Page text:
THE ATARI 6502 DISASSEMBLER
The disassembler is compatible with MAC/65 and it's highly customizable. In the Options menu, choose Assembler format option. It will open a dialog box where you can customize the disassembler to meet your assembler syntax.
When you have entered all the parameters for your assembler, you can save them into a .PRF file. This chapter explains all the fields of the dialog box.
You can load the .PRF file corresponding to your assembler by clicking on the Load profile button.
Three .PRF files are given:
LADS is an assembler that does not support many directives. It does not support .WORD and .SBYTE, does not want labels or equates in .BYTE, uses space as value separator in .BYTE,...In fact, it was very good to see if the disassembler could be customized !
If you want DIS6502 to load your profile automatically, save your settings in a file called ATARI.PRF, ORIC.PRF or 5200.PRF depending on computer mode. On startup, DIS6502 tries to load this file.
NOTE: If you use any other assembler and make a .PRF for it, please send it to my email address shown in the About box of the disassembler. I will include it in the next release.
When you open the 'Assembler format' dialog box, you see 3 sections called:
The fields of these 3 sections are explained below:
The only comments added to the listing are full line comments (no comments after an instruction for exemple). You can define here the string for a comment.
String identifying an hexadecimal value.
If your assembler supports all illegal instructions, you can check this option. The disassembler will disassemble all the illegal instructions and will write them in lowercase so you can recognize them in the listing.
Used to know if the disassembler should generate line numbers.
Note: MAC/65 uses line numbering but I set the default to OFF because you can use the ENTER #D:filename.ASM,A option to load the source and add line numbers at loading time.
This option is used to align instructions.
If it's ON, you will have something like that:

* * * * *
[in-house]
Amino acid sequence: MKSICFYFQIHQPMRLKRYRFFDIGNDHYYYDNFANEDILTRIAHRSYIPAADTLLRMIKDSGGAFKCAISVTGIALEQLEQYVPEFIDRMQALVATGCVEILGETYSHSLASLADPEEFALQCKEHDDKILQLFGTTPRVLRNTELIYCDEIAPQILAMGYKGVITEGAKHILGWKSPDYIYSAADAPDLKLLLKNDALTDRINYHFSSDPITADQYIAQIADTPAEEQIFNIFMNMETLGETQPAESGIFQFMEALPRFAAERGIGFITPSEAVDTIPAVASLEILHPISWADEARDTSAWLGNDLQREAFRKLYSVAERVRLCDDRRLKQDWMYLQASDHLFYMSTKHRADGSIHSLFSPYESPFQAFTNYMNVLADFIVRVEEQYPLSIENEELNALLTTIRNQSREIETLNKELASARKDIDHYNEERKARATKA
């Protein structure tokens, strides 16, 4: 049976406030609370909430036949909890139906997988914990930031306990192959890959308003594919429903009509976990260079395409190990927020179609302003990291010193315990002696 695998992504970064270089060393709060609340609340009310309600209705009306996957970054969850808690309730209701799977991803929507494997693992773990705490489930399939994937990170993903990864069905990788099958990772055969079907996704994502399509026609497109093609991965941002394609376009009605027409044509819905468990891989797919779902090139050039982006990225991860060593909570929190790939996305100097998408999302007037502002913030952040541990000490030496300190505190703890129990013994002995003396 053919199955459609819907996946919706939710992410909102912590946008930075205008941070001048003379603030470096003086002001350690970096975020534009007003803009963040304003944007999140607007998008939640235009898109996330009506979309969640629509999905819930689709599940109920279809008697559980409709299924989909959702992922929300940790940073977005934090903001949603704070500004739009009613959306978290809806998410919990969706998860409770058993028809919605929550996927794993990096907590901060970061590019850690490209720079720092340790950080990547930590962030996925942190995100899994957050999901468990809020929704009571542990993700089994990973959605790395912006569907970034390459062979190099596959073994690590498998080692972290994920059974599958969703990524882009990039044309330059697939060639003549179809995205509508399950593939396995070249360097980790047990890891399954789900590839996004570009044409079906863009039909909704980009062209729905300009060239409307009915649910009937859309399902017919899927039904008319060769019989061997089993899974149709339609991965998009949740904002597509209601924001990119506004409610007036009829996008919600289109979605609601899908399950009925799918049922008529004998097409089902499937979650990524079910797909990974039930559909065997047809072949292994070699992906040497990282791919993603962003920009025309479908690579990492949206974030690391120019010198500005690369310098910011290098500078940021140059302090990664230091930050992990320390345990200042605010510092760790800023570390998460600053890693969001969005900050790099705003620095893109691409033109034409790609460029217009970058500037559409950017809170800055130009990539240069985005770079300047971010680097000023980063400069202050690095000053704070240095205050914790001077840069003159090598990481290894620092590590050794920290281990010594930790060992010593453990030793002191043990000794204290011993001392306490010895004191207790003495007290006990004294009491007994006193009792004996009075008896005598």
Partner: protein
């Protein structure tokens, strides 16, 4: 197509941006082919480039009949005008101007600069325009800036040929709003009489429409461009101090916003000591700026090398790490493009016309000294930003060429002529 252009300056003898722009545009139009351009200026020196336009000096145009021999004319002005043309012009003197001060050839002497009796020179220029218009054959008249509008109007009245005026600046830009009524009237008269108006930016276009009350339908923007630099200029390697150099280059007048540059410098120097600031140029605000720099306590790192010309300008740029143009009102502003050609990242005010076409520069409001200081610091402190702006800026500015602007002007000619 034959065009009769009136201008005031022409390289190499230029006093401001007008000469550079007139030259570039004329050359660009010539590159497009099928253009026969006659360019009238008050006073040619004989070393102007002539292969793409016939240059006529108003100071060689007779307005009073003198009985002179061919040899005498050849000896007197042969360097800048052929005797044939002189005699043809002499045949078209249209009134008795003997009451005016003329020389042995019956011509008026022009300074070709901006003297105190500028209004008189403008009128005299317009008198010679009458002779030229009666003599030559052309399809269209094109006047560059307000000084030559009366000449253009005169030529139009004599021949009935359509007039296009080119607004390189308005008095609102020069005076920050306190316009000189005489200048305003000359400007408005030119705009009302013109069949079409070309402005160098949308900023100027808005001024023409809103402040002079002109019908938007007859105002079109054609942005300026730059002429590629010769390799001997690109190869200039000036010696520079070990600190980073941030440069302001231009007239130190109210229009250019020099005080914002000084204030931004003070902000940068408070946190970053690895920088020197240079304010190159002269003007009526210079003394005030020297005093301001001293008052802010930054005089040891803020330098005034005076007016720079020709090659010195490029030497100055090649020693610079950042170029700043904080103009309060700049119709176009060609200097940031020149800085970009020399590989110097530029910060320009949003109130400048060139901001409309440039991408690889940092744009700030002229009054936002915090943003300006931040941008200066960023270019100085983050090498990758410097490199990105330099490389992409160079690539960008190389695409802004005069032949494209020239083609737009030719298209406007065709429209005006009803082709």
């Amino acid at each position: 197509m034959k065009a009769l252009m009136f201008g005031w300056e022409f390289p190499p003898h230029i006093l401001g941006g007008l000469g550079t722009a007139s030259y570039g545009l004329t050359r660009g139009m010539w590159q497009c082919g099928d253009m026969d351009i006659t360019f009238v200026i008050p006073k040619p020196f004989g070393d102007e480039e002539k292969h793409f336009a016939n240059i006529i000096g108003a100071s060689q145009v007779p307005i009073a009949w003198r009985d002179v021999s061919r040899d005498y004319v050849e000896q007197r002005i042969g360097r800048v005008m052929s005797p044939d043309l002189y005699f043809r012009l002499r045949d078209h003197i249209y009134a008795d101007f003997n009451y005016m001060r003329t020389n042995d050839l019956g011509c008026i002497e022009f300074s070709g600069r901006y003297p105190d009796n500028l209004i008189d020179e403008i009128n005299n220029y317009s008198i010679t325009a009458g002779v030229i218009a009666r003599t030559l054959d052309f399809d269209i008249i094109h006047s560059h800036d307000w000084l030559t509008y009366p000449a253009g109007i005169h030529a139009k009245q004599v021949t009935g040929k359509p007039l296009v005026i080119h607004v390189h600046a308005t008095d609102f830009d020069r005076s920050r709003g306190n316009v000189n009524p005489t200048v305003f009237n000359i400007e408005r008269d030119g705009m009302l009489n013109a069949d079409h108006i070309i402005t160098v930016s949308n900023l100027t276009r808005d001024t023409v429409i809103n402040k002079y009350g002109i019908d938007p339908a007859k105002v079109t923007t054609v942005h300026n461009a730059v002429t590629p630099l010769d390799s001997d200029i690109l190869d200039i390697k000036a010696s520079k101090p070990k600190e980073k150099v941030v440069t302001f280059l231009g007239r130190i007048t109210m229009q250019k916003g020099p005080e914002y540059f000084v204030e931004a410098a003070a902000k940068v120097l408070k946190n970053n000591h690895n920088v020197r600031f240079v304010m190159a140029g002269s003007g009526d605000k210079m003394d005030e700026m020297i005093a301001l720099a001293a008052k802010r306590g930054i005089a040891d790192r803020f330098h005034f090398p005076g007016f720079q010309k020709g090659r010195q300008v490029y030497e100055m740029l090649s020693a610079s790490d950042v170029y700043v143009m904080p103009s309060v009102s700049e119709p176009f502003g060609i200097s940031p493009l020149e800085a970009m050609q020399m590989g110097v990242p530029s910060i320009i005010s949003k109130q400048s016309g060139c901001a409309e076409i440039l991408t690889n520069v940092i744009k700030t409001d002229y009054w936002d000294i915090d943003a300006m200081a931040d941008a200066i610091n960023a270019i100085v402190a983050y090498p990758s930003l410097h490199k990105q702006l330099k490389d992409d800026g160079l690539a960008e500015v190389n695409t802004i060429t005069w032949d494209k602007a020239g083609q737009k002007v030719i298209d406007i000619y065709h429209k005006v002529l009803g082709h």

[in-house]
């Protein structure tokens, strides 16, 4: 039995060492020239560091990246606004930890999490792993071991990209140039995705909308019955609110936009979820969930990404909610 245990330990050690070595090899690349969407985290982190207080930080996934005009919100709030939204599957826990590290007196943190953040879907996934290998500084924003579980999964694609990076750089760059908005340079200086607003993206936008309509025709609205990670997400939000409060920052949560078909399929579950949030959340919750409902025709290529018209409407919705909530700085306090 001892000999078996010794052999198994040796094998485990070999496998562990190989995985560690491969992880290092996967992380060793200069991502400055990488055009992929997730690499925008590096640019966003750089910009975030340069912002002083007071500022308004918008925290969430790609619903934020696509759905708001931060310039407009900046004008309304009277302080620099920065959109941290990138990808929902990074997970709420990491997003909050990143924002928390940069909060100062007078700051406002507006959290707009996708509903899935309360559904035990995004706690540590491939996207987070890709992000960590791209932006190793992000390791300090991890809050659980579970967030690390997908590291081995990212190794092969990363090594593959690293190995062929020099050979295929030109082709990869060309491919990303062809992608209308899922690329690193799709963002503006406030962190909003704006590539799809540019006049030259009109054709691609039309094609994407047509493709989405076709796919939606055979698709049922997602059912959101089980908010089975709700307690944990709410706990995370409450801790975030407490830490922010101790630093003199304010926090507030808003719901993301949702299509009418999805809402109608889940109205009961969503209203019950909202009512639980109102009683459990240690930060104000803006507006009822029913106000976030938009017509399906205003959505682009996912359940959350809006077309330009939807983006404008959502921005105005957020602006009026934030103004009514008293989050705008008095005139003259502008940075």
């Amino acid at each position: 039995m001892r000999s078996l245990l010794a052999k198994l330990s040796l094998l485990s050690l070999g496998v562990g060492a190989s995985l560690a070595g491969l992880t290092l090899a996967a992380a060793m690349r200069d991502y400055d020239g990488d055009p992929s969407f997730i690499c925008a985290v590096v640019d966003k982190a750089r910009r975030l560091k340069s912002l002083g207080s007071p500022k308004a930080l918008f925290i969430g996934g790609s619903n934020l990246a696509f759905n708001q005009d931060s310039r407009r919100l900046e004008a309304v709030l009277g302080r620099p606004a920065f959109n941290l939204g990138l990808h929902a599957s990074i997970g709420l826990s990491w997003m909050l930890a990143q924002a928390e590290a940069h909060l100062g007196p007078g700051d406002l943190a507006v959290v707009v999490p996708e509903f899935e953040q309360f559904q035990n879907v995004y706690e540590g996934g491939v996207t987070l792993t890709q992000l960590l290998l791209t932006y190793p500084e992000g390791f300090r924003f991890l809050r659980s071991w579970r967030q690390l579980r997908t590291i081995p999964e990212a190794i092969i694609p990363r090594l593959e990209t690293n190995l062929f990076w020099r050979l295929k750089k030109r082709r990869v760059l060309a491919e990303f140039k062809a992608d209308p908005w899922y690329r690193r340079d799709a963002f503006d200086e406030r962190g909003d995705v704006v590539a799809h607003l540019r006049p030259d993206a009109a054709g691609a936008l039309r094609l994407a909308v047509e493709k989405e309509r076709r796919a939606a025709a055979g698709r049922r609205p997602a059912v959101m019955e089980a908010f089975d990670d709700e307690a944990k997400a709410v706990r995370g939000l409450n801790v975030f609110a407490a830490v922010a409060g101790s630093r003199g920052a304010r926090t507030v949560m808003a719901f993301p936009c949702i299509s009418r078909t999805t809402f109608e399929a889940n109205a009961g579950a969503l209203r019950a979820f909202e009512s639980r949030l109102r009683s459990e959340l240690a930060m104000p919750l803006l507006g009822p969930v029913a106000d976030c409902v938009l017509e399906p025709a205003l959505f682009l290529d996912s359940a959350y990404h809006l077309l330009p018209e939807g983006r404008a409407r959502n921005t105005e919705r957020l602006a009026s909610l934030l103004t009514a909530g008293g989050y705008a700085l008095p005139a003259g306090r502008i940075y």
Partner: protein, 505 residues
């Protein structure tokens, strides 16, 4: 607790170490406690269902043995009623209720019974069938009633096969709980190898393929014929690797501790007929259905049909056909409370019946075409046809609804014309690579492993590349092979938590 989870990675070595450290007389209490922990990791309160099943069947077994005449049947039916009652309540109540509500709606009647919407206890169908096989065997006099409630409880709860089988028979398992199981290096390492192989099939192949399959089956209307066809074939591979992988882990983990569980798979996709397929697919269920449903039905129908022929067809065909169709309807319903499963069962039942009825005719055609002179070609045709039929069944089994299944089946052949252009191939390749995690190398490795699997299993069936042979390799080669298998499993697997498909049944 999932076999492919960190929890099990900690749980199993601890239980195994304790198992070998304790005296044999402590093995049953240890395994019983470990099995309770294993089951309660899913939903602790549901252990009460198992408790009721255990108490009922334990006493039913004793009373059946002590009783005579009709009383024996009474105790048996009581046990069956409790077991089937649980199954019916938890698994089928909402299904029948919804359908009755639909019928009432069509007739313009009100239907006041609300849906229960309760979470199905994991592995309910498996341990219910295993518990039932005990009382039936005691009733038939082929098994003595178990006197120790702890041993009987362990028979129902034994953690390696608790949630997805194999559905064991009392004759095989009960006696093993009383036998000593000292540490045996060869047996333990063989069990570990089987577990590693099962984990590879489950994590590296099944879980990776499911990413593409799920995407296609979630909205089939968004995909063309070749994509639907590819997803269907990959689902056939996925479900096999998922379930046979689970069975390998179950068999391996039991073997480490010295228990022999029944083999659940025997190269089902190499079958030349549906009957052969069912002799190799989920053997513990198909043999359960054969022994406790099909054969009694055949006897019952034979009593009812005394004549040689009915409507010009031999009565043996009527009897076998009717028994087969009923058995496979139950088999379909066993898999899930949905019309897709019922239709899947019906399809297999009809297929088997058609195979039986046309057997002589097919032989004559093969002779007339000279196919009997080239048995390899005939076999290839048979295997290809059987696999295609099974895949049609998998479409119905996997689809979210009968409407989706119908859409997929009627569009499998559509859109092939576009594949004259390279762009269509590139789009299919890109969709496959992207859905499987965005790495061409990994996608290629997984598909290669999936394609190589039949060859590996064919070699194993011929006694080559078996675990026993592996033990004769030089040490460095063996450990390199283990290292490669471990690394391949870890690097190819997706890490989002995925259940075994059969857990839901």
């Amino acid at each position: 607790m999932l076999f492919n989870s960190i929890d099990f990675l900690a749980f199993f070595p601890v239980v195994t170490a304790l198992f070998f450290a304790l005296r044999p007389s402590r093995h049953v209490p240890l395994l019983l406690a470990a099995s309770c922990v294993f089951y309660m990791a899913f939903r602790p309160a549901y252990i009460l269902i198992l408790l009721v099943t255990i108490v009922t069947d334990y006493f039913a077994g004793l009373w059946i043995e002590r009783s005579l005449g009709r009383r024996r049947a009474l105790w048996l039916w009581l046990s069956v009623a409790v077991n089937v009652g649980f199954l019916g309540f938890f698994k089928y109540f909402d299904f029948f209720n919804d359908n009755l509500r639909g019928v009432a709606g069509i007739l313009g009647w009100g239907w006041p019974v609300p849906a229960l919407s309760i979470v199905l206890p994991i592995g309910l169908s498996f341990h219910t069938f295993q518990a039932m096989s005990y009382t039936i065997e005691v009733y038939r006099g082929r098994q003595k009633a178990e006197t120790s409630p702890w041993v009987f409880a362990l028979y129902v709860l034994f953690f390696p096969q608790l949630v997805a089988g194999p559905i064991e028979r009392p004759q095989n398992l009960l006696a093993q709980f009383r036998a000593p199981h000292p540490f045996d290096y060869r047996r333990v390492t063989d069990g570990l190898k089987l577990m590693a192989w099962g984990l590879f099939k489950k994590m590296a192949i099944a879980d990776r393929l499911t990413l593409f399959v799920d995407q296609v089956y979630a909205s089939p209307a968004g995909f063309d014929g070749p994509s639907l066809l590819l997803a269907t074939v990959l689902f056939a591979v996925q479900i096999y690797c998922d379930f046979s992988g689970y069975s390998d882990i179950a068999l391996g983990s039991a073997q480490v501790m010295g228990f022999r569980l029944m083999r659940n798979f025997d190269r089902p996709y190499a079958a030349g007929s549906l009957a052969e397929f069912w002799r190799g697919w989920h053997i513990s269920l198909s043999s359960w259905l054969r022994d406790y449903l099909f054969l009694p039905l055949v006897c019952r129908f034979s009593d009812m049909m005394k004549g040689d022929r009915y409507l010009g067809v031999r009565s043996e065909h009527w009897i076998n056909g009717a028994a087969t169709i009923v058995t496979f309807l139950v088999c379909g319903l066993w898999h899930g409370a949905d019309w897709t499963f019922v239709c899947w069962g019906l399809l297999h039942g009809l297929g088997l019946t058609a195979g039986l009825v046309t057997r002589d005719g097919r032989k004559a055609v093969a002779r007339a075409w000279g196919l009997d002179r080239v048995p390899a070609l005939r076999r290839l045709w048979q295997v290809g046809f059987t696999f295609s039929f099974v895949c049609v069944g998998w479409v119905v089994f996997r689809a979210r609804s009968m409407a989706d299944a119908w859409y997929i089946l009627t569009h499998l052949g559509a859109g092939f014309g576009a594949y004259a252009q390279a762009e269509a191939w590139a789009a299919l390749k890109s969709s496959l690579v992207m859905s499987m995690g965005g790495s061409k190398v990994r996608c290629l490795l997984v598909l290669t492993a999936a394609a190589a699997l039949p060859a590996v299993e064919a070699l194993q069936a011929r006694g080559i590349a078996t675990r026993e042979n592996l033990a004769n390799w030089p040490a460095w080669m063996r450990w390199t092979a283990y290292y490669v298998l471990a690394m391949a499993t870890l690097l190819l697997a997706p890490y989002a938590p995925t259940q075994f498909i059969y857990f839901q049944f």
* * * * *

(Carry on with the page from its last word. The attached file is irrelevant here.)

If it's OFF, the listing will show
All values are displayed as hex numbers if this option is set to ON. Otherwise, everything is displayed in decimal.
Some assemblers like 'LADS' do not support an operand for accumulator mode. For example: LSR A generates a syntax error with LADS. The disassembler should generate LSR instead of LSR A.
Directive syntax section
If your assembler does not support labels or equates in .BYTE directive, you have to check this option. When turned OFF, the assembler can generate the following lines:
If this option is turned ON, the disassembler will generate
If your assembler has a directive to reserve space for a WORD, you should check this option and enter the syntax for it.
Default: ON and .WORD
This option must exist in your assembler...but with another name. So you can enter the name of your directive to reserve one byte.
When putting several bytes in a .BYTE directive, the disassembler must know which separator to use between the bytes.
If your assembler has an option that let you enter string of text with Screen (or Antic) codes, you should check this option and enter the directive syntax.
Default: ON and .SBYTE
Enter the directive to set the program counter.
This option defines the syntax used for the type 'Code with Low byte'. The disassembler must know how to extract the low byte from a word (or from a label). In MAC/65, '<LABEL' is used. In the Assembler/Editor cartridge, you have to mask the high byte with 'LABEL&$00FF'. Another assembler might use a syntax like 'LOBYTE(LABEL)'. To support varied syntax, you have 2 fields in this option. The first one is the string that will appear BEFORE the address (or label). The second one is the string that will appear AFTER the address (or label). Here are 3 examples:
MAC/65: LDA # <L33EF
Asm/Ed: LDA #L33EF&$00FF
Other assembler: LDA #LOBYTE(L33EF)
Same as Low byte !
This is the syntax to define an equate.
This is the complete syntax to end a disassembly listing. Enter the name of the directive for your assembler. Some assemblers need the name of the source file name after this directive: .END D:TEST.ASM In this case, you should check the 'Add filename' checkbox.
If your assembler has a directive to reserve space for uninitialized data, you should check this option and enter the syntax for it.
Default: ON and .DS
Include files section
This option defines the syntax used to include a file. This becomes important when you have a large source file. In this case, you split the file into several ones and link them with this directive. To support all the syntaxes for this directive, you have 2 fields in this option. The first one is the string that will appear BEFORE the filename. The second one is the string that will appear AFTER the filename.
Default: .INCLUDE #
You can set the maximum number of source lines to put in a source file. This is to prevent the disassembler from generating large source files that your editor can not load into memory.
There are 2 ways for including files.
The first one makes a main source file that includes all other files.
The second one is to include the next file at the end of each source file. Click on the method that your assembler accepts.
Default: All files included in 1 main file
Click this check box if your assembler supports include files AND if you wish to generate multiple files for your source.